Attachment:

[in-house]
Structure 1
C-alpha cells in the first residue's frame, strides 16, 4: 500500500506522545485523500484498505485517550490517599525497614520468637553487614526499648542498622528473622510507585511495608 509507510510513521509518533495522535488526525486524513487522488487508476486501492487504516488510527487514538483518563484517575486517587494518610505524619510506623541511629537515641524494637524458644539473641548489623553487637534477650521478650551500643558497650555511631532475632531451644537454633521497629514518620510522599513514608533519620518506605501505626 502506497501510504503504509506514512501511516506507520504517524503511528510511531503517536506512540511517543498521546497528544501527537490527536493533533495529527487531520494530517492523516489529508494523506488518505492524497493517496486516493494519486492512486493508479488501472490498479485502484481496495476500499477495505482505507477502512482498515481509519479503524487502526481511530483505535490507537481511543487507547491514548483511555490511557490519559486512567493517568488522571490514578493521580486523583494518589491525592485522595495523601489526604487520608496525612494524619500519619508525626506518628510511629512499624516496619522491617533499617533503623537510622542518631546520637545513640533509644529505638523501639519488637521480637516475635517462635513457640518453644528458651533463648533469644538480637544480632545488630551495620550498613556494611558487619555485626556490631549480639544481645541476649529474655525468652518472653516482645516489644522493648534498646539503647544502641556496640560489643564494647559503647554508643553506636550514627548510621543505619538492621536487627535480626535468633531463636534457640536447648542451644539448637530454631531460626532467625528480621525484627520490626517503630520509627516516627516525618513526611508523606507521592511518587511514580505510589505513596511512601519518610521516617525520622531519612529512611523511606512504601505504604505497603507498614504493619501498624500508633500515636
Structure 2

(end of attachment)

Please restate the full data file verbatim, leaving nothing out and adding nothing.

[in-house]
Structure 1
C-alpha cells in the first residue's frame, strides 16, 4: 500500500506522545485523500484498505485517550490517599525497614520468637553487614526499648542498622528473622510507585511495608 509507510510513521509518533495522535488526525486524513487522488487508476486501492487504516488510527487514538483518563484517575486517587494518610505524619510506623541511629537515641524494637524458644539473641548489623553487637534477650521478650551500643558497650555511631532475632531451644537454633521497629514518620510522599513514608533519620518506605501505626 502506497501510504503504509506514512501511516506507520504517524503511528510511531503517536506512540511517543498521546497528544501527537490527536493533533495529527487531520494530517492523516489529508494523506488518505492524497493517496486516493494519486492512486493508479488501472490498479485502484481496495476500499477495505482505507477502512482498515481509519479503524487502526481511530483505535490507537481511543487507547491514548483511555490511557490519559486512567493517568488522571490514578493521580486523583494518589491525592485522595495523601489526604487520608496525612494524619500519619508525626506518628510511629512499624516496619522491617533499617533503623537510622542518631546520637545513640533509644529505638523501639519488637521480637516475635517462635513457640518453644528458651533463648533469644538480637544480632545488630551495620550498613556494611558487619555485626556490631549480639544481645541476649529474655525468652518472653516482645516489644522493648534498646539503647544502641556496640560489643564494647559503647554508643553506636550514627548510621543505619538492621536487627535480626535468633531463636534457640536447648542451644539448637530454631531460626532467625528480621525484627520490626517503630520509627516516627516525618513526611508523606507521592511518587511514580505510589505513596511512601519518610521516617525520622531519612529512611523511606512504601505504604505497603507498614504493619501498624500508633500515636
Structure 2